If you are thinking about getting a fluffy Maine cat and someone in your household has asthma or allergies, consult your doctor before bringing the cat into your home.

Your doctor can perform diagnostic allergy tests to determine if a Maine Coon or any other cat breed will likely trigger asthma symptoms in you or your family.

How to check if you are Allergic to Maine Coons?

If you suspect you’re suffering from a Maine Coon cat allergy, taking immediate action is a must. Here are some pro tips to help you check whether you’re allergic or suffering from a cold before you book an appointment with your doctor. 

Pay attention to your symptoms

The most prevalent cat allergy symptoms include sneezing, runny or stuffy nose, itchy or watery eyes, and skin hives or rash. If you undergo any of the symptoms mentioned above after spending time with a Maine Coon, you may have an allergy.

Note your feline’s behavior

If your allergy symptoms worsen around a Maine Coon cat, it may be because they shed more hair or dander than other cat breeds. Additionally, if your fur baby likes to rub against you or sit in your lap, you may be more exposed to their allergens.

Visit a friend with a Maine Coon cat

If you don’t have a Maine Coon of your own, you can visit a friend who does and stay alert to how your body reacts. You may be allergic to the breed if you experience allergy symptoms after spending time in their home.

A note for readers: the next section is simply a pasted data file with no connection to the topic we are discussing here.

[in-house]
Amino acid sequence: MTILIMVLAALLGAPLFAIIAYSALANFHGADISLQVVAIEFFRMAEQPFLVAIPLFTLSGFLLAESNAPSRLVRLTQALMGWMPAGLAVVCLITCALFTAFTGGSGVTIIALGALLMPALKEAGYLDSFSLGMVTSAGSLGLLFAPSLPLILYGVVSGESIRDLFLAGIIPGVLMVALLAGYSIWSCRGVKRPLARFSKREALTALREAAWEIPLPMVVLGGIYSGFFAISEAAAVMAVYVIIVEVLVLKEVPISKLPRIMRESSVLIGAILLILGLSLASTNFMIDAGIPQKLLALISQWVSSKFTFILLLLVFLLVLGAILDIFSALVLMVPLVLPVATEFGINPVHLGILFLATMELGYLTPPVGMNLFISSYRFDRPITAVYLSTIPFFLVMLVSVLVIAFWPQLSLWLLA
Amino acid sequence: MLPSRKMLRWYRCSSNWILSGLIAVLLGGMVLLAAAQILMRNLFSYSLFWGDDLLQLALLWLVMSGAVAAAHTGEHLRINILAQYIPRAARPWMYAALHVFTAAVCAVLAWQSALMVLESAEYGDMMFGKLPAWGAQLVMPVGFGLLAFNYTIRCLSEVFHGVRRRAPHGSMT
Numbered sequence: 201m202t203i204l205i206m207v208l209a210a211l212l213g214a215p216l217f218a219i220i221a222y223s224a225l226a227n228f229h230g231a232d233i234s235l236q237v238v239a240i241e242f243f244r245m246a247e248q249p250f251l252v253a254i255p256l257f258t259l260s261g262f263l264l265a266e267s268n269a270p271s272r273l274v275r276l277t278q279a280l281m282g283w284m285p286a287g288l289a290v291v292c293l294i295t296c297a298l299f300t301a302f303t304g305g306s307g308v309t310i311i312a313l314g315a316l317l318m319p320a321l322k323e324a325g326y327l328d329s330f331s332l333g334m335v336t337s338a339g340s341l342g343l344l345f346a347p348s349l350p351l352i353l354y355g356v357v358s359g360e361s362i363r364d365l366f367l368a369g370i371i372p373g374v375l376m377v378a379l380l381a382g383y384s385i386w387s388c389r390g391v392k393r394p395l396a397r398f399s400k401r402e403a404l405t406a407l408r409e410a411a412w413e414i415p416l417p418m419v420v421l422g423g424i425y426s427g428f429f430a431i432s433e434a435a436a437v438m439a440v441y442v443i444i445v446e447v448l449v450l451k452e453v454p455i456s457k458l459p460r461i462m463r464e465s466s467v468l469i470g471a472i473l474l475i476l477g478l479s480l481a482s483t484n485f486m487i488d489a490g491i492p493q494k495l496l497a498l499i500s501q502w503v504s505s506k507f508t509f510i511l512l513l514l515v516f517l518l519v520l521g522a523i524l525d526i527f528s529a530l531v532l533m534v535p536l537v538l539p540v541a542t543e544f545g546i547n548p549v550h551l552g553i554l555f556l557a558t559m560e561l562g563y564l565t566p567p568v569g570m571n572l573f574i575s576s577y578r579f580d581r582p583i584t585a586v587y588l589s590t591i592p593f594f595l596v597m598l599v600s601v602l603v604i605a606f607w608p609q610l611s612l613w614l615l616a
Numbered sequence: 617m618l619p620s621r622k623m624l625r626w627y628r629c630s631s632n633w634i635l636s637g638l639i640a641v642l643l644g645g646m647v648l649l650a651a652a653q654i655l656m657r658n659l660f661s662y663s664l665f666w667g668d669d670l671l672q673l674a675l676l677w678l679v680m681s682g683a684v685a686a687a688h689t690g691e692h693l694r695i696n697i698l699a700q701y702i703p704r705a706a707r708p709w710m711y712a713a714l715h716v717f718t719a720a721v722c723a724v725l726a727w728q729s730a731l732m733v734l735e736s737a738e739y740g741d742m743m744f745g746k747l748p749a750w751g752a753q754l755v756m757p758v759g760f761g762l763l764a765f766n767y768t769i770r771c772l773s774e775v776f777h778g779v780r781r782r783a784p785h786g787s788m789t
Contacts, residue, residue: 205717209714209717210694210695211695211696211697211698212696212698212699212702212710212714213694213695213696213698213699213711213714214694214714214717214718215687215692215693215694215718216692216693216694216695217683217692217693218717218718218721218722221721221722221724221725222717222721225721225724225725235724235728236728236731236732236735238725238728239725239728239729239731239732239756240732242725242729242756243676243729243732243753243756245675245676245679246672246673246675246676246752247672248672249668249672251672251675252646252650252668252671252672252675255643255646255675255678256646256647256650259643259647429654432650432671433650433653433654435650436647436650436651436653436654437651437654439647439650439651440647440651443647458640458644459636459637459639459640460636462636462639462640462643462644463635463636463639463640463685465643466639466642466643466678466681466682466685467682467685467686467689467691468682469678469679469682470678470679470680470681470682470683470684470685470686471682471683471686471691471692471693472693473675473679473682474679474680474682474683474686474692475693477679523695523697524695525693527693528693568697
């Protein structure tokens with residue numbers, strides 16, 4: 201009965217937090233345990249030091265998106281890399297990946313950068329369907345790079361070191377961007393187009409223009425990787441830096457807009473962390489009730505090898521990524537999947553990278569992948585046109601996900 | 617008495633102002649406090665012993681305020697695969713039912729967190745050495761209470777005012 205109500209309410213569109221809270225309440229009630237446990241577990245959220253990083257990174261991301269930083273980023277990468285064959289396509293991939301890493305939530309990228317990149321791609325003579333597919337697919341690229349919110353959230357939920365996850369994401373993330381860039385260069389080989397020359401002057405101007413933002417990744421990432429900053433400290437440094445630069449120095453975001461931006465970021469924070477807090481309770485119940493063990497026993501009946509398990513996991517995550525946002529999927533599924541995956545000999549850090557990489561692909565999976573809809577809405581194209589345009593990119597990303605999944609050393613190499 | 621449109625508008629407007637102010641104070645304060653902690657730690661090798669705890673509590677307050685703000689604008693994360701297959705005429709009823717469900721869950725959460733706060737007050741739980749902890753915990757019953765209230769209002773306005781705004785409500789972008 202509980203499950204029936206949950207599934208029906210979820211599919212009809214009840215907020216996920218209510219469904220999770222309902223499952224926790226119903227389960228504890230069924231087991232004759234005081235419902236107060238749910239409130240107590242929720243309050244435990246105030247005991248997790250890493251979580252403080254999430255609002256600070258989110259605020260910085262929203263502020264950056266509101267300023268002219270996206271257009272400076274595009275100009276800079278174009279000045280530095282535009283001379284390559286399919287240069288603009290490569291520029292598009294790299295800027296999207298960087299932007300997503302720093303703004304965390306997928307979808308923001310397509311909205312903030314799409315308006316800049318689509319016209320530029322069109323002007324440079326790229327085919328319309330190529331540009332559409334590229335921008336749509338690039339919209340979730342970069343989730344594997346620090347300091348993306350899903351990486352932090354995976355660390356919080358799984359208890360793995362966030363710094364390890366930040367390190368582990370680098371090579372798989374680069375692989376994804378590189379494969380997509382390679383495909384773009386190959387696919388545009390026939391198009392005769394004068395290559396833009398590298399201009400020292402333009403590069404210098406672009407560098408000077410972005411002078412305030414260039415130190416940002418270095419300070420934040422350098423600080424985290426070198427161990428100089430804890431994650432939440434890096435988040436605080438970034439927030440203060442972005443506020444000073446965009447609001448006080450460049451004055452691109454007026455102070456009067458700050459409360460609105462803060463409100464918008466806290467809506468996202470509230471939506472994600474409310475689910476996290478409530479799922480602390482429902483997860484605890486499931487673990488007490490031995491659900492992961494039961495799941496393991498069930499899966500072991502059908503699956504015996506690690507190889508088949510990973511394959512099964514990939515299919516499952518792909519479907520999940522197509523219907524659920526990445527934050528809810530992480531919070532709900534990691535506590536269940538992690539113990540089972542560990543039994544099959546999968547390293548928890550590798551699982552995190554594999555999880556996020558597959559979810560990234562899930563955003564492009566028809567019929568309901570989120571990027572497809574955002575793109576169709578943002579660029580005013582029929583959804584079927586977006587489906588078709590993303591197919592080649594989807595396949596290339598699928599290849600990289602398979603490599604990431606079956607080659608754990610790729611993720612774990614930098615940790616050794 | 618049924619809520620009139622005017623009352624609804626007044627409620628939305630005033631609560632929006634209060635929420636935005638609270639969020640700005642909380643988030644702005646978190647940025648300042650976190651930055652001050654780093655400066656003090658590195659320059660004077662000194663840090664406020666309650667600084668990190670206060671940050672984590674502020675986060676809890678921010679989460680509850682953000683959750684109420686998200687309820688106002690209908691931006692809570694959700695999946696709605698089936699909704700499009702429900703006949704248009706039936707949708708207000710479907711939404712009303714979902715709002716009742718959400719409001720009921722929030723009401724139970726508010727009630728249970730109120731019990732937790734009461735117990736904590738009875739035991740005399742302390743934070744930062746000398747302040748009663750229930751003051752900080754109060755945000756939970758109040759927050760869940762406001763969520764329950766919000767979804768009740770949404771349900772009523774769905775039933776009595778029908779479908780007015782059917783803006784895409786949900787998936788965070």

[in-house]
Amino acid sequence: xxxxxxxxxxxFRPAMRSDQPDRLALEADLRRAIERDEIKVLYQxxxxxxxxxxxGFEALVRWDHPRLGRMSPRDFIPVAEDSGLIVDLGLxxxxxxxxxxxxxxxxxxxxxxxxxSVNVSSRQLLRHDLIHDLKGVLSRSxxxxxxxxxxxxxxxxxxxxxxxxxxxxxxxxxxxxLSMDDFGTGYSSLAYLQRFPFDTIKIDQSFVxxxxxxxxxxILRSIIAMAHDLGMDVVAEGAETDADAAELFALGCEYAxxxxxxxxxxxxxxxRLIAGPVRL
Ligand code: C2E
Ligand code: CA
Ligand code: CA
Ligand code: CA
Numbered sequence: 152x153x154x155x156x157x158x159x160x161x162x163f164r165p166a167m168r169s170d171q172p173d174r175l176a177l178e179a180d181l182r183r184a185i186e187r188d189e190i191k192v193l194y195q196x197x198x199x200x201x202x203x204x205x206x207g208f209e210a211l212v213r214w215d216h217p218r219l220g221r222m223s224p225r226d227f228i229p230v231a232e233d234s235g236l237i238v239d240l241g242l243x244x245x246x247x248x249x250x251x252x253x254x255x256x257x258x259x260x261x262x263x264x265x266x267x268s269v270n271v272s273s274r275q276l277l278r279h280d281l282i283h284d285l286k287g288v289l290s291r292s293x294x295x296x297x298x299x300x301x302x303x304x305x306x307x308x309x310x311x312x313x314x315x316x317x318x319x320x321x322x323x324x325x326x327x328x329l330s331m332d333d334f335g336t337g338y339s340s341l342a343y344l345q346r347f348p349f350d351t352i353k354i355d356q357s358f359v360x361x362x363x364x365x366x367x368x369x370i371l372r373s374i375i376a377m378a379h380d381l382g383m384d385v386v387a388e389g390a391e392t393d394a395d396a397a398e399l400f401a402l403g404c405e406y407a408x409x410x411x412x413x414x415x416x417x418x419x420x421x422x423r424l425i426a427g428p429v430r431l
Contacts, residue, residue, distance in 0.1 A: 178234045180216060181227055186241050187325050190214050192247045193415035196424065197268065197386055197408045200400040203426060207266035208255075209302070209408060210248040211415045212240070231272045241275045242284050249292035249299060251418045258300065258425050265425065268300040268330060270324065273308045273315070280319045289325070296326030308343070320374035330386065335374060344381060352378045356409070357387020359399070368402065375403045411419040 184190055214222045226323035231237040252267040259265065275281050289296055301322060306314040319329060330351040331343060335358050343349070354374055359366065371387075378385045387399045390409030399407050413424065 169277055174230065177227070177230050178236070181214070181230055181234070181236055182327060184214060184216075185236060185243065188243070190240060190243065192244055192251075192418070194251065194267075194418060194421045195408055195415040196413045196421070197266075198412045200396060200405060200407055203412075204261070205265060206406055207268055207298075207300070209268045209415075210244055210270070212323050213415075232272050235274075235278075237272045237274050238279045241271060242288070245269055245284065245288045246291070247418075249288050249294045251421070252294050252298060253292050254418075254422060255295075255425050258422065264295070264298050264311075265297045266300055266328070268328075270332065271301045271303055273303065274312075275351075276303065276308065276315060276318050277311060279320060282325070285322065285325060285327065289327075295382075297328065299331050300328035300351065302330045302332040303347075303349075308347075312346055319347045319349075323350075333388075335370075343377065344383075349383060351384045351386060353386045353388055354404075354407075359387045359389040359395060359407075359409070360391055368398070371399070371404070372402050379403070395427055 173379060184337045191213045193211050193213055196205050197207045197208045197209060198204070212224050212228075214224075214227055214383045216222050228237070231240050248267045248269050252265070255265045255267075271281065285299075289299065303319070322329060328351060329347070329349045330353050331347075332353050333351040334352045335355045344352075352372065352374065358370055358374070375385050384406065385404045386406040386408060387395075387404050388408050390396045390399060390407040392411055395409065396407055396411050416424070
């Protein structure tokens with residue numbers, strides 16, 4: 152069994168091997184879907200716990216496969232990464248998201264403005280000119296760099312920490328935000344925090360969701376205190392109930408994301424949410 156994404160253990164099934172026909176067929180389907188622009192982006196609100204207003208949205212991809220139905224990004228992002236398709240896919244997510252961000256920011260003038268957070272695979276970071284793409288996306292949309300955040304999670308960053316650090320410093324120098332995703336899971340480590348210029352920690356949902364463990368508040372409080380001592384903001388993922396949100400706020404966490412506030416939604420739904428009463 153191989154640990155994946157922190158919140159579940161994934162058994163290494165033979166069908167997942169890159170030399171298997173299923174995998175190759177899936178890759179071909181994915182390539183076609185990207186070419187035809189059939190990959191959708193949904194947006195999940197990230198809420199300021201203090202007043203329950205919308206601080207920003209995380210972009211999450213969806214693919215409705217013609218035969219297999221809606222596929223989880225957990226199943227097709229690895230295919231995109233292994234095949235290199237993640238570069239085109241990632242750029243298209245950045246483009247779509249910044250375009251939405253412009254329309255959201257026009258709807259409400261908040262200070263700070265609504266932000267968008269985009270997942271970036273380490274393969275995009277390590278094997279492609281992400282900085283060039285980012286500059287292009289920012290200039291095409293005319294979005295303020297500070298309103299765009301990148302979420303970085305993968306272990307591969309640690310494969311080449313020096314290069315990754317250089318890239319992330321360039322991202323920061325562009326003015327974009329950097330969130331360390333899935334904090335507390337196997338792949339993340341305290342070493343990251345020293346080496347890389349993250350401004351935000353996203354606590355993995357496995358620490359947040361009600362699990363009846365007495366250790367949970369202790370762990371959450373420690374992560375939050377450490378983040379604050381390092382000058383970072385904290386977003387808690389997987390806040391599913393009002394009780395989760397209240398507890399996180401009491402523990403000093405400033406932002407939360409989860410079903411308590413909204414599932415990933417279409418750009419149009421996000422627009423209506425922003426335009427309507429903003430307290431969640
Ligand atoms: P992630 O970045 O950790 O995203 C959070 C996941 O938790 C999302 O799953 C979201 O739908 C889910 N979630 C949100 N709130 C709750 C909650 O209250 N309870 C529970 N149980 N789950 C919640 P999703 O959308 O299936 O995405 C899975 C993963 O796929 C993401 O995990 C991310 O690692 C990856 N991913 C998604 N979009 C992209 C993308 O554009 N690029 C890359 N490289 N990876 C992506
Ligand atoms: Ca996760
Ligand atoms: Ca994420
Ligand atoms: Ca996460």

Try allergy medication

If you suspect you’re allergic to your Maine cat, try taking over-the-counter allergy medication such as antihistamines or nasal sprays. If your symptoms improve or disappear after taking the medication, it is a sign that you may have an allergy. However, we still recommend seeing an allergist for proper diagnosis and treatment.

Get Tested

You can visit a reputable allergist for tests (skin prick or blood) to determine if you have a Maine Coon allergy. These tests will expose you to a small amount of cat allergen and measure your body’s reaction.

How long do Cat Allergies last?

The duration of cat allergies can vary between individuals, depending on the intensity of the allergy and the individual’s immune system.

In some instances, the symptoms can go away within a few hours of exposure to cats, while in others, they may last for several days or even weeks.